On Friday, when Bangladesh Home Minister Asaduzzaman Khan leads a delegation of more than 70 mukti joddhas and their families to participate in the 45th Vijay Diwas celebrations, the gesture will not be purely symbolic. The relations between India and Bangladesh have been on an upswing since Sheikh Hasina Wajed took office in 2009. But despite India’s well-known role in the creation of Bangladesh, the 45 years have not always been spent in neighbourly bonhomie. Disputes over territory, water-sharing rights, illegal immigration, cross-border insurgency and terrorism have dogged Indo-Bangladesh relations. Three years after the birth of Bangladesh as an independent nation, its then prime minister, Sheikh Mujibur Rahman, signed a Land Boundary Agreement (LBA) with then Indian PM, Indira Gandhi, to exchange enclaves and simplify the international border between the two countries. That it took 41 years for a revised version of this agreement to be adopted is a telling comment on the way the relations have developed between the two countries, who share a 4,096-km international border and centuries of history and culture.
India and Bangladesh have, however, shown intent in developing good relations in the past seven years. The work on revising the LBA was begun in 2011 during the visit of then Indian PM, Manmohan Singh, to Bangladesh and the treaty was sealed in June this year, when the two countries swapped tiny islands ending a border dispute that had kept thousands of people in stateless limbo for nearly 70 years. The water disputes, though, remain unresolved. But to the credit of both countries, they are not as much of a sticking point as in the past. There have been encouraging developments on the economic front. Bilateral trade has risen to more than $7 billion from $2.5 billion in this period. Bangladesh features prominently in India’s Act East Policy and both countries are willing to look beyond the SAARC by being part of groupings such as BCIM (Bangladesh-China-India-Myanmar) and BIMSTEC (the Bay of Bengal Initiative for Multi-Sectoral Technical and Economic Cooperation) that extend South Asia’s connectivity with Southeast Asia and China.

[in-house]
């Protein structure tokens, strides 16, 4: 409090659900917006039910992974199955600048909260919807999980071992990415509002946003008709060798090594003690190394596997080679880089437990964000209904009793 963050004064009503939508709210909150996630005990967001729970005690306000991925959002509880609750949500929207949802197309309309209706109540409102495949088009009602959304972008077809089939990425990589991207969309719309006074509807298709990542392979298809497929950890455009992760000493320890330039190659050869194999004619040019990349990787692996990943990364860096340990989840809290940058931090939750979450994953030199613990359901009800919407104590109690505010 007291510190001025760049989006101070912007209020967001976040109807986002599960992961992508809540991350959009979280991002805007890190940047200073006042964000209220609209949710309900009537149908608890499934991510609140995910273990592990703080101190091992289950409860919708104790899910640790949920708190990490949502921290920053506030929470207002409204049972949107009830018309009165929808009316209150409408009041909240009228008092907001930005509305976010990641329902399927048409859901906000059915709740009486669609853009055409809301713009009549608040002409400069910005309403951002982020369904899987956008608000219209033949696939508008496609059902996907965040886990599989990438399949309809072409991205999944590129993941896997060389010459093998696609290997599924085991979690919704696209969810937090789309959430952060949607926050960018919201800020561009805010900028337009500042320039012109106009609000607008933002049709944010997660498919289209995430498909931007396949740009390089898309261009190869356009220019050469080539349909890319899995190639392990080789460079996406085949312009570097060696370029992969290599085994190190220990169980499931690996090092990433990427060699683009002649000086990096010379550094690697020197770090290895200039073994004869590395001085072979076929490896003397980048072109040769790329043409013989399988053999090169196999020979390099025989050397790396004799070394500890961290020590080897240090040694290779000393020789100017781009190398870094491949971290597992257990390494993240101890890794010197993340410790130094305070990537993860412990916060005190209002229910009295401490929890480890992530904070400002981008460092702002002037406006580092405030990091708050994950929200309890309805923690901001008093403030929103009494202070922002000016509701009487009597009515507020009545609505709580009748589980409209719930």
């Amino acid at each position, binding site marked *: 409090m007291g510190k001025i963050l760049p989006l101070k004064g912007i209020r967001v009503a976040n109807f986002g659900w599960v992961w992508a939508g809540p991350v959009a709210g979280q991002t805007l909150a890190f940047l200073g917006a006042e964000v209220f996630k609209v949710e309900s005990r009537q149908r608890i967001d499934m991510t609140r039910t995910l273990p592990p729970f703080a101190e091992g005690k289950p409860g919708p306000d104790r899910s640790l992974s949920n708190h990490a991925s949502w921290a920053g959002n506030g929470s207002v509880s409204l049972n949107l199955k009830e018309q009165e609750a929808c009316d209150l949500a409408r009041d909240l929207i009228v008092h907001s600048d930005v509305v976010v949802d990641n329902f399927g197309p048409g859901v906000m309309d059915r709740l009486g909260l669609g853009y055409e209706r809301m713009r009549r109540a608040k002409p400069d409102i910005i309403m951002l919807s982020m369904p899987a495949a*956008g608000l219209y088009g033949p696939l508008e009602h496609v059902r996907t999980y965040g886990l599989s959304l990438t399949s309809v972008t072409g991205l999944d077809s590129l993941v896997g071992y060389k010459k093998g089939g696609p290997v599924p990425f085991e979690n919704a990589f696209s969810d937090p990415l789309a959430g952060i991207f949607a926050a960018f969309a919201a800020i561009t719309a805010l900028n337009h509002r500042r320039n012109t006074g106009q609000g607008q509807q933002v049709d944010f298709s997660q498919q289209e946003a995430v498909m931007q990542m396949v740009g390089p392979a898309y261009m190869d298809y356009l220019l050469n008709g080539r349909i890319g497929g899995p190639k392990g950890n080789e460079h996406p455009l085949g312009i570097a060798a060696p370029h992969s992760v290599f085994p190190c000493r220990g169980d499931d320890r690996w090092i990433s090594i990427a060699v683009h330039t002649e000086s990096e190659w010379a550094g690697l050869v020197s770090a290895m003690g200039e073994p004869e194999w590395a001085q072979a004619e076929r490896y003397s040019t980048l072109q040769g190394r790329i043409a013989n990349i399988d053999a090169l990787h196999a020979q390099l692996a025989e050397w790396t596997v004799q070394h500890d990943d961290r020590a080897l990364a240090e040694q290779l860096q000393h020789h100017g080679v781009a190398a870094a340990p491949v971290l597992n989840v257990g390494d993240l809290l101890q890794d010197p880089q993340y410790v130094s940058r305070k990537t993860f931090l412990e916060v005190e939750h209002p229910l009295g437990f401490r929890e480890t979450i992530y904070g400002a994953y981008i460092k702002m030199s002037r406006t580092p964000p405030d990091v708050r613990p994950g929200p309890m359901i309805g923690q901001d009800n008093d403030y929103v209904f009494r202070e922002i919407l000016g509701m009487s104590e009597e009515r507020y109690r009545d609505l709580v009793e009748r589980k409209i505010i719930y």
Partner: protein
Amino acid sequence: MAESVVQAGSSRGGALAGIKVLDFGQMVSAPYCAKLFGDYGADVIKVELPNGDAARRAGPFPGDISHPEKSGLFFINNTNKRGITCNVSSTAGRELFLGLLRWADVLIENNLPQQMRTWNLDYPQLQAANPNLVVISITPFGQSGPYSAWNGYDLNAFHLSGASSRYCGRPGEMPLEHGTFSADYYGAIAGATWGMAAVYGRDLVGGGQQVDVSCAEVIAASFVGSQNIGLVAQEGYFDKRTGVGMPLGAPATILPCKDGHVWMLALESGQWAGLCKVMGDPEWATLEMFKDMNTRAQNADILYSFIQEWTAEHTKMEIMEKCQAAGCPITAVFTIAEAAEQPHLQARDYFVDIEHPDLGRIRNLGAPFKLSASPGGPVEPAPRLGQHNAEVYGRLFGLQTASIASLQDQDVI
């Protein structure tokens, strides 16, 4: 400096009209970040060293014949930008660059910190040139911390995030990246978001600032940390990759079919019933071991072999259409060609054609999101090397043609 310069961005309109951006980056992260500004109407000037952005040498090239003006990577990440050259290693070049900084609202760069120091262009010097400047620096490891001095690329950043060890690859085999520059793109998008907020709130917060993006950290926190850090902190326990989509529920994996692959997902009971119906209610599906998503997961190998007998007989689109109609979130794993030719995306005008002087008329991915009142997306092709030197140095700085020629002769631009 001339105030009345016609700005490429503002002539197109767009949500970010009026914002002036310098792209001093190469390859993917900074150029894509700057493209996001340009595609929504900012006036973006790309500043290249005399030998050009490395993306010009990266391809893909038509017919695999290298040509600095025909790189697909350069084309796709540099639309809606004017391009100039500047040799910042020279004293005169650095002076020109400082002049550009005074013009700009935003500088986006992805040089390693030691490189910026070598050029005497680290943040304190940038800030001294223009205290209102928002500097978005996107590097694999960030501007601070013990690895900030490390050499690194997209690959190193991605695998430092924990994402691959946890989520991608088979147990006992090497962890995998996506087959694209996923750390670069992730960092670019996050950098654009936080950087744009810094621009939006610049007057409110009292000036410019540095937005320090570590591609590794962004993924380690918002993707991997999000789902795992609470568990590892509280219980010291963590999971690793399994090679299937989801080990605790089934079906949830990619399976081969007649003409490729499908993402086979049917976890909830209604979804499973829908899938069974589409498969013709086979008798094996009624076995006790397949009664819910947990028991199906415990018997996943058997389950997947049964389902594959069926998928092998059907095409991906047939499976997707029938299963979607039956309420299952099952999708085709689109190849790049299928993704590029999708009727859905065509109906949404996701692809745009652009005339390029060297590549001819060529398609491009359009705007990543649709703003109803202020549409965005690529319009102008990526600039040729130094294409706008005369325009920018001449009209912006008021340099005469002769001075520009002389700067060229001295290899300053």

At an annual average of six per cent, Bangladesh has witnessed a steady economic growth over the past decade. Its middle-class values the country’s historic ties with India but is also enthusiastic about relations with other countries in the region. In October, Chinese President Xi Jinping visited Dhaka and extended loans worth $24 billion to Bangladesh, more than 10 times what India gives Bangladesh. India’s relations with Bangladesh have gone well, but much more needs to be done.